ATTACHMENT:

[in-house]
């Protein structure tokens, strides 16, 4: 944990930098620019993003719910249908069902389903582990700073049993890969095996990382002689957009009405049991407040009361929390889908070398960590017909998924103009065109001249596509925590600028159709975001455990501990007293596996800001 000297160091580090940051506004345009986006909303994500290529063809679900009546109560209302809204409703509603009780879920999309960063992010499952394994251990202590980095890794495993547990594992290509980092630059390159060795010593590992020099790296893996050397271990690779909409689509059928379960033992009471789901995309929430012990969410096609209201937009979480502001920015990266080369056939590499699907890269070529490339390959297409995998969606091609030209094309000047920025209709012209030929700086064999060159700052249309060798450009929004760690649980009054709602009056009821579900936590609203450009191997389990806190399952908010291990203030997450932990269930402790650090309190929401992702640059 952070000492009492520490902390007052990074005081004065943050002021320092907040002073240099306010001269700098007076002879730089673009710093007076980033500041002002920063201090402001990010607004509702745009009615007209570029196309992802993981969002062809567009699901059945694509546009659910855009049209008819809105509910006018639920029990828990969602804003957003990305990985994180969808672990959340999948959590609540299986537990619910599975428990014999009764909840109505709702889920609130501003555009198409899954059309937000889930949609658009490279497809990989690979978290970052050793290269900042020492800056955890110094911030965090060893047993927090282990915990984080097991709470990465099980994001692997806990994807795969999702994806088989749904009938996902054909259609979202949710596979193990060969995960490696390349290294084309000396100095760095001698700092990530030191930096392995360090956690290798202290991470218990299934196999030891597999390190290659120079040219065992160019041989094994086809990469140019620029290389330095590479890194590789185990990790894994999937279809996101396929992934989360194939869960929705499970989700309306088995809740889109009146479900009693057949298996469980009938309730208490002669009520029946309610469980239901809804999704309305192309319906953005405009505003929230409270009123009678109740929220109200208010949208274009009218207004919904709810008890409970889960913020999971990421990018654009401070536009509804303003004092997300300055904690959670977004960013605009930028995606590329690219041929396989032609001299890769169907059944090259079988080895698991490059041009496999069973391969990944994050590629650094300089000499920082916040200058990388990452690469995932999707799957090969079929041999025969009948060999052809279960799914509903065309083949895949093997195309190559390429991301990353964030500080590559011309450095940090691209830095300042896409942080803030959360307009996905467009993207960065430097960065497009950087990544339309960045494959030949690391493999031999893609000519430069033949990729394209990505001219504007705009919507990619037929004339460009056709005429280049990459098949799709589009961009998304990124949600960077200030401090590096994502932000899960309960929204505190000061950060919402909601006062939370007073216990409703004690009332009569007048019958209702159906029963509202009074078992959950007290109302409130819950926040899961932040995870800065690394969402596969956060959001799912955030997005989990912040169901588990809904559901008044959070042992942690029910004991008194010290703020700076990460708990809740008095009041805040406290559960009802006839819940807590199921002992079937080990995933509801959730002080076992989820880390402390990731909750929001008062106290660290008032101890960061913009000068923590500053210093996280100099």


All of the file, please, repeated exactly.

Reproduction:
[in-house]
């Protein structure tokens, strides 16, 4: 944990930098620019993003719910249908069902389903582990700073049993890969095996990382002689957009009405049991407040009361929390889908070398960590017909998924103009065109001249596509925590600028159709975001455990501990007293596996800001 000297160091580090940051506004345009986006909303994500290529063809679900009546109560209302809204409703509603009780879920999309960063992010499952394994251990202590980095890794495993547990594992290509980092630059390159060795010593590992020099790296893996050397271990690779909409689509059928379960033992009471789901995309929430012990969410096609209201937009979480502001920015990266080369056939590499699907890269070529490339390959297409995998969606091609030209094309000047920025209709012209030929700086064999060159700052249309060798450009929004760690649980009054709602009056009821579900936590609203450009191997389990806190399952908010291990203030997450932990269930402790650090309190929401992702640059 952070000492009492520490902390007052990074005081004065943050002021320092907040002073240099306010001269700098007076002879730089673009710093007076980033500041002002920063201090402001990010607004509702745009009615007209570029196309992802993981969002062809567009699901059945694509546009659910855009049209008819809105509910006018639920029990828990969602804003957003990305990985994180969808672990959340999948959590609540299986537990619910599975428990014999009764909840109505709702889920609130501003555009198409899954059309937000889930949609658009490279497809990989690979978290970052050793290269900042020492800056955890110094911030965090060893047993927090282990915990984080097991709470990465099980994001692997806990994807795969999702994806088989749904009938996902054909259609979202949710596979193990060969995960490696390349290294084309000396100095760095001698700092990530030191930096392995360090956690290798202290991470218990299934196999030891597999390190290659120079040219065992160019041989094994086809990469140019620029290389330095590479890194590789185990990790894994999937279809996101396929992934989360194939869960929705499970989700309306088995809740889109009146479900009693057949298996469980009938309730208490002669009520029946309610469980239901809804999704309305192309319906953005405009505003929230409270009123009678109740929220109200208010949208274009009218207004919904709810008890409970889960913020999971990421990018654009401070536009509804303003004092997300300055904690959670977004960013605009930028995606590329690219041929396989032609001299890769169907059944090259079988080895698991490059041009496999069973391969990944994050590629650094300089000499920082916040200058990388990452690469995932999707799957090969079929041999025969009948060999052809279960799914509903065309083949895949093997195309190559390429991301990353964030500080590559011309450095940090691209830095300042896409942080803030959360307009996905467009993207960065430097960065497009950087990544339309960045494959030949690391493999031999893609000519430069033949990729394209990505001219504007705009919507990619037929004339460009056709005429280049990459098949799709589009961009998304990124949600960077200030401090590096994502932000899960309960929204505190000061950060919402909601006062939370007073216990409703004690009332009569007048019958209702159906029963509202009074078992959950007290109302409130819950926040899961932040995870800065690394969402596969956060959001799912955030997005989990912040169901588990809904559901008044959070042992942690029910004991008194010290703020700076990460708990809740008095009041805040406290559960009802006839819940807590199921002992079937080990995933509801959730002080076992989820880390402390990731909750929001008062106290660290008032101890960061913009000068923590500053210093996280100099």